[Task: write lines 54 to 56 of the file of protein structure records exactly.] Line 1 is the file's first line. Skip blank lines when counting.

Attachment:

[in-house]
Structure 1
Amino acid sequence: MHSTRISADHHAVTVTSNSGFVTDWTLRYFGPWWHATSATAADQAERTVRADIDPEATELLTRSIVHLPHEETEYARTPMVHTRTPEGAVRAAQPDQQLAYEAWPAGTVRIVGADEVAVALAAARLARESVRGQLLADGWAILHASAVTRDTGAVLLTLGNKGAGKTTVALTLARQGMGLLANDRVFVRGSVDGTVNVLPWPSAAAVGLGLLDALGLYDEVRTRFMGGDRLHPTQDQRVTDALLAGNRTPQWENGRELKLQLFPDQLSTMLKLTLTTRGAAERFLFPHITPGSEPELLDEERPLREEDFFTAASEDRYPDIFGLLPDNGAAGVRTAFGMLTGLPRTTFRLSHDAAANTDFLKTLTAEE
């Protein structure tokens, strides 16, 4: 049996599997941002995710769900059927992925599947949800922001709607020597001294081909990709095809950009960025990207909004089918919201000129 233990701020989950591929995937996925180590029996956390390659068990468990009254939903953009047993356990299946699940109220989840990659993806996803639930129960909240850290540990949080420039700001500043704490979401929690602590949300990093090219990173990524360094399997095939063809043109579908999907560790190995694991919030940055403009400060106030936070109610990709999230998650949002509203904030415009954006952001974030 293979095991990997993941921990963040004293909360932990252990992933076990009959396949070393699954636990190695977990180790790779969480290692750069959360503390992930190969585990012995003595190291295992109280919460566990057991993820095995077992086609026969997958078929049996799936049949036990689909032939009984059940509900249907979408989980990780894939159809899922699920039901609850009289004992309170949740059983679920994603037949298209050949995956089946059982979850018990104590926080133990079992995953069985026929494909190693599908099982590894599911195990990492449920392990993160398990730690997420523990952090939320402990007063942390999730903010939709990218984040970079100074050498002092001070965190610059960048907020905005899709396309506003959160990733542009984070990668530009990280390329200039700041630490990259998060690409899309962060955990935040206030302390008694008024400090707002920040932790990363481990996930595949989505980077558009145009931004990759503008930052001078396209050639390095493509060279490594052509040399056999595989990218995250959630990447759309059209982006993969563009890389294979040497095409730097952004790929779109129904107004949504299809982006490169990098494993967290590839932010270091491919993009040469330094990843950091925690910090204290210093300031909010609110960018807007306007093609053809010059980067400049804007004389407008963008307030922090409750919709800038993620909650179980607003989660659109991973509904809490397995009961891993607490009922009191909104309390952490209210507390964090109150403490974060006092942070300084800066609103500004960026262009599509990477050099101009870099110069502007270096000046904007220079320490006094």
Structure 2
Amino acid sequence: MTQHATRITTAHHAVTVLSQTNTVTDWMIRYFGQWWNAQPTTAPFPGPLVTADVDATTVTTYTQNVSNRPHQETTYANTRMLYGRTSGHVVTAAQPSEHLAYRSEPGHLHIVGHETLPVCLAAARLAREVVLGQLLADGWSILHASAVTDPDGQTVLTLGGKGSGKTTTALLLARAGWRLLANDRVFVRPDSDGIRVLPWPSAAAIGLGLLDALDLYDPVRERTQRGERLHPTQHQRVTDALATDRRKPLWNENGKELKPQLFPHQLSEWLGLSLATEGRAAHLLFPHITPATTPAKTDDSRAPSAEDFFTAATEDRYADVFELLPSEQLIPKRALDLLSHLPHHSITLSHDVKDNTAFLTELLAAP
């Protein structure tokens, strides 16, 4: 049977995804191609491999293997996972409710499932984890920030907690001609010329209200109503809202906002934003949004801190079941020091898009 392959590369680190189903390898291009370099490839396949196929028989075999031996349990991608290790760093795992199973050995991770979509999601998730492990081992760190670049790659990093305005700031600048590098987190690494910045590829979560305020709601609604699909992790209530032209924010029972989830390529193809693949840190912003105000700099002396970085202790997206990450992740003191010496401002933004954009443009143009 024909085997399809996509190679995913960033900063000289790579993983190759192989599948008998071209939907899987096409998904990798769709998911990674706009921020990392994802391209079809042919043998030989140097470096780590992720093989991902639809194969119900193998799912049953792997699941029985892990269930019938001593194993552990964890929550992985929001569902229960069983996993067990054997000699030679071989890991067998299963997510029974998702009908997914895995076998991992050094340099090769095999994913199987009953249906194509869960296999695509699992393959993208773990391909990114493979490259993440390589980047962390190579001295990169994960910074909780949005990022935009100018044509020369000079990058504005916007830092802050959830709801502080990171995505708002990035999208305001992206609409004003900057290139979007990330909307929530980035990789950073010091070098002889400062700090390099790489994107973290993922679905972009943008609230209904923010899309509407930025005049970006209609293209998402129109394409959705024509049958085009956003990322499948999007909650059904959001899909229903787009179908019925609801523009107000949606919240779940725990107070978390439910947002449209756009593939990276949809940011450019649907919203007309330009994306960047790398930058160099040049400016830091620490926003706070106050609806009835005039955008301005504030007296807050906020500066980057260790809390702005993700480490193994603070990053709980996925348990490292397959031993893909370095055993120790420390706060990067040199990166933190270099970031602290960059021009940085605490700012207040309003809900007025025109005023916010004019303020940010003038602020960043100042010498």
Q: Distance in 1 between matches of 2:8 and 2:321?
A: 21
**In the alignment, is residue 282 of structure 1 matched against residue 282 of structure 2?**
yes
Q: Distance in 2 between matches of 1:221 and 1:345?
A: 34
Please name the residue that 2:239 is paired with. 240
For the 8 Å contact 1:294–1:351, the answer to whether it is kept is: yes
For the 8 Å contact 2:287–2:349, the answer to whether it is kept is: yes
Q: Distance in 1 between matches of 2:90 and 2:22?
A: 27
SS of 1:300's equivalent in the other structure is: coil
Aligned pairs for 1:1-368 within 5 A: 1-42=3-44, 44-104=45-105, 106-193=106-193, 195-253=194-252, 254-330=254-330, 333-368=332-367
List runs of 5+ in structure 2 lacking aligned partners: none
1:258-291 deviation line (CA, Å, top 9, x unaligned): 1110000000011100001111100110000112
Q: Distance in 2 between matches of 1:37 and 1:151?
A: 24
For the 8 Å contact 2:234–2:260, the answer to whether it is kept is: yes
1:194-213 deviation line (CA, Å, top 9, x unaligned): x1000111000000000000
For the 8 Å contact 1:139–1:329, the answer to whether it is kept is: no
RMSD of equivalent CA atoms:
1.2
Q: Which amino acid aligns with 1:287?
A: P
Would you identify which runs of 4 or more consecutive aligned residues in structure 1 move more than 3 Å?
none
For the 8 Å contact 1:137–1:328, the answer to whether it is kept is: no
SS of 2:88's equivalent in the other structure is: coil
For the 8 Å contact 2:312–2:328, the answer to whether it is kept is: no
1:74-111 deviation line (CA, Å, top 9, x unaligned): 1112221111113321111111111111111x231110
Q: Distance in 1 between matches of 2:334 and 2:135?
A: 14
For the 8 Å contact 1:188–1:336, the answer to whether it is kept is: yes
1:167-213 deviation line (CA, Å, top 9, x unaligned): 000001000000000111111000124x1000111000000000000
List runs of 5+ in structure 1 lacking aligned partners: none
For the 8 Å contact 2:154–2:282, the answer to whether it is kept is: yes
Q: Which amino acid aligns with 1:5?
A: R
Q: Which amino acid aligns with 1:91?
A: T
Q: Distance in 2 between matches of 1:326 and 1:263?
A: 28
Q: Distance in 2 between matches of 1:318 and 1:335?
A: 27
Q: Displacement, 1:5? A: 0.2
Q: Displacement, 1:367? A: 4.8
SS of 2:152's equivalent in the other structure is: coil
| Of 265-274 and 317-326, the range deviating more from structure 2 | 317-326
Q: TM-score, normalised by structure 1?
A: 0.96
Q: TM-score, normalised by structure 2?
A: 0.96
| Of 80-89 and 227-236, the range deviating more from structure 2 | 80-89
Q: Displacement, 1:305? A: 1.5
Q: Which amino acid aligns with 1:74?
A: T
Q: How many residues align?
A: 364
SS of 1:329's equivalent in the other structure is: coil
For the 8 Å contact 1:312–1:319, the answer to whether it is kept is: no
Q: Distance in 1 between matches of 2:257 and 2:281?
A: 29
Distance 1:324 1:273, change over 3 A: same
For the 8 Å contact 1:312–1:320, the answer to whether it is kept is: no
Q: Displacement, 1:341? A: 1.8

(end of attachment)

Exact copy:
SS of 2:152's equivalent in the other structure is: coil
| Of 265-274 and 317-326, the range deviating more from structure 2 | 317-326
Q: TM-score, normalised by structure 1?